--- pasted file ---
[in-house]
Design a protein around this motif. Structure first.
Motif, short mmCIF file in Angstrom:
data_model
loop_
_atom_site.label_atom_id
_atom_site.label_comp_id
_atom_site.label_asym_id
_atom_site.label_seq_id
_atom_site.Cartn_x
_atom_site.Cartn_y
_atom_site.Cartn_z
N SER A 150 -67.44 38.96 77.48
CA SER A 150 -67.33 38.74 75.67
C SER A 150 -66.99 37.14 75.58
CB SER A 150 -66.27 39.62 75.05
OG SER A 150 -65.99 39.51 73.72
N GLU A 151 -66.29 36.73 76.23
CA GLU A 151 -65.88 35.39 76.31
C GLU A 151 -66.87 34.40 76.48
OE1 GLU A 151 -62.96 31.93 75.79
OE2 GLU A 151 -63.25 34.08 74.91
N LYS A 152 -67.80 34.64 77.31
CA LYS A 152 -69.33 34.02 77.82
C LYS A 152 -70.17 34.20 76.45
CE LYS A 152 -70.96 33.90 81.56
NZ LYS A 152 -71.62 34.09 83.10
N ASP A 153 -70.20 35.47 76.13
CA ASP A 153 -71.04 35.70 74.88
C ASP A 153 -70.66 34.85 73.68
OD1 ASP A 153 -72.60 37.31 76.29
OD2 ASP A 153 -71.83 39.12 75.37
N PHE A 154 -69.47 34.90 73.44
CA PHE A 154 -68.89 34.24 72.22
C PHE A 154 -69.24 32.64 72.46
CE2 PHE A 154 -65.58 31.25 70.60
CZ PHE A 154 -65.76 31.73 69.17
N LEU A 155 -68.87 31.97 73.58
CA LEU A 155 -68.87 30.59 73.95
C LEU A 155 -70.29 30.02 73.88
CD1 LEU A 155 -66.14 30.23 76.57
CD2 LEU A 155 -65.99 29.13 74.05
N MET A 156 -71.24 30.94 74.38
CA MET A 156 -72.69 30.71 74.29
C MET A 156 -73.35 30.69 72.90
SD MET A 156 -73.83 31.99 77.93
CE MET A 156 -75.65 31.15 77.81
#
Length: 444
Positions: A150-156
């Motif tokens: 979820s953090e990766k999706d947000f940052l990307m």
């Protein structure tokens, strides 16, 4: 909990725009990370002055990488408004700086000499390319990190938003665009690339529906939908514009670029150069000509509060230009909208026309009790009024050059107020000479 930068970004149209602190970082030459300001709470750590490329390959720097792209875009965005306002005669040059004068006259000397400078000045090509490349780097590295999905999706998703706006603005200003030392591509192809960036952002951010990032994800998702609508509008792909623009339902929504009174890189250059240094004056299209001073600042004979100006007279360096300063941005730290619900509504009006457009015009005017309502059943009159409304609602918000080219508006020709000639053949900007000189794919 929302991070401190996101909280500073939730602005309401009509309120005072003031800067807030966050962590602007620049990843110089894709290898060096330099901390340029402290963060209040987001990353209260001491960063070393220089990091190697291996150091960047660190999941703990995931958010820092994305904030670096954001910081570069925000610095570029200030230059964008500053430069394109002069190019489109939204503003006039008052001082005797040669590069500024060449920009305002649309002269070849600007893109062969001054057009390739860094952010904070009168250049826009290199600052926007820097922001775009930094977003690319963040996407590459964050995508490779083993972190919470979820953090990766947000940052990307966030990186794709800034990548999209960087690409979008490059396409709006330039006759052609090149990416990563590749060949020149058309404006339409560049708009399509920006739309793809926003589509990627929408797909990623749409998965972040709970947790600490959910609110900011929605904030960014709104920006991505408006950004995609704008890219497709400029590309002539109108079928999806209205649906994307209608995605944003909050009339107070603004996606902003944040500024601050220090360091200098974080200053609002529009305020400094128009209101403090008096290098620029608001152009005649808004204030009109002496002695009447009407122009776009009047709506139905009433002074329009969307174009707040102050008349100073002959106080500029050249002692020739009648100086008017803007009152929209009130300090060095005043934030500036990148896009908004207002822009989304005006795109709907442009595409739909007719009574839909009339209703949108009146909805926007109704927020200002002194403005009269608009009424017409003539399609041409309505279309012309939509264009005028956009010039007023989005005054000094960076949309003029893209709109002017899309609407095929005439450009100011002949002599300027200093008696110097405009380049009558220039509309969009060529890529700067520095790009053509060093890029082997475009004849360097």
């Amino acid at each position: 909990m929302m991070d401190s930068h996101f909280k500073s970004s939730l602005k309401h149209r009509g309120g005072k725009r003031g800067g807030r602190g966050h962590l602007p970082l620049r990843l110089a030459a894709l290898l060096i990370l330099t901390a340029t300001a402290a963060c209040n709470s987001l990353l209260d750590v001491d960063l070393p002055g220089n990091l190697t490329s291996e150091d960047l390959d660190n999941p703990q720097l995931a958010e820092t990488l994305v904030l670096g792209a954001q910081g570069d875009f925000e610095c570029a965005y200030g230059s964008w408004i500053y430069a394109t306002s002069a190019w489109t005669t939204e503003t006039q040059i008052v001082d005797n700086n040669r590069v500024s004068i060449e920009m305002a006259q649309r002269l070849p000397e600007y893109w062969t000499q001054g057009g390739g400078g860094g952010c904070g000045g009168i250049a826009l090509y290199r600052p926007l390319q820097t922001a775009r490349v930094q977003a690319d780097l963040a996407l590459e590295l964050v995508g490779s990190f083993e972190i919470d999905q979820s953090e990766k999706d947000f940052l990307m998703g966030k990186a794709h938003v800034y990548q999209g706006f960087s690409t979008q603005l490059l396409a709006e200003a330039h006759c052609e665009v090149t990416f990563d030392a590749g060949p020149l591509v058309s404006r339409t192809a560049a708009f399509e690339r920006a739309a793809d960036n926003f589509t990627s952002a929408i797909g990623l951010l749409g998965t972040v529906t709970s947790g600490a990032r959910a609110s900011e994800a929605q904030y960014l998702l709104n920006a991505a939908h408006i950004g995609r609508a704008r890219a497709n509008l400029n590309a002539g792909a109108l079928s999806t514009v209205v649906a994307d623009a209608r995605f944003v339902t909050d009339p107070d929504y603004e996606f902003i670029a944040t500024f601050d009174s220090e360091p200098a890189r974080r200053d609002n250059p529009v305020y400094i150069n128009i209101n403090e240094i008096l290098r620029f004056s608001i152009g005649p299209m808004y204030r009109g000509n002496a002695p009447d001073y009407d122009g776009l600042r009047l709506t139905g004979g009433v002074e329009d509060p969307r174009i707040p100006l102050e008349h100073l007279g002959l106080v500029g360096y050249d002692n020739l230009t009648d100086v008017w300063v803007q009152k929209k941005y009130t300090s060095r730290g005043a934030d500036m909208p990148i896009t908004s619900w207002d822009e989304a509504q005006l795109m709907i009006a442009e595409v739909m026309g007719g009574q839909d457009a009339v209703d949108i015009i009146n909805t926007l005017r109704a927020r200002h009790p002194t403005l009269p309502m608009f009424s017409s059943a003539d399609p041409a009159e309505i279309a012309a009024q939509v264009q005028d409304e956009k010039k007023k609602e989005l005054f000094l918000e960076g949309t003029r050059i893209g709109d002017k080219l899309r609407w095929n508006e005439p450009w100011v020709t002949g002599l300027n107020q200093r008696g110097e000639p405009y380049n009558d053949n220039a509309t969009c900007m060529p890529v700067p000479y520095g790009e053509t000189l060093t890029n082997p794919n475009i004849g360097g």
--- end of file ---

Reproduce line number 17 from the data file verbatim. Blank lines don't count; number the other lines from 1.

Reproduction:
OG SER A 150 -65.99 39.51 73.72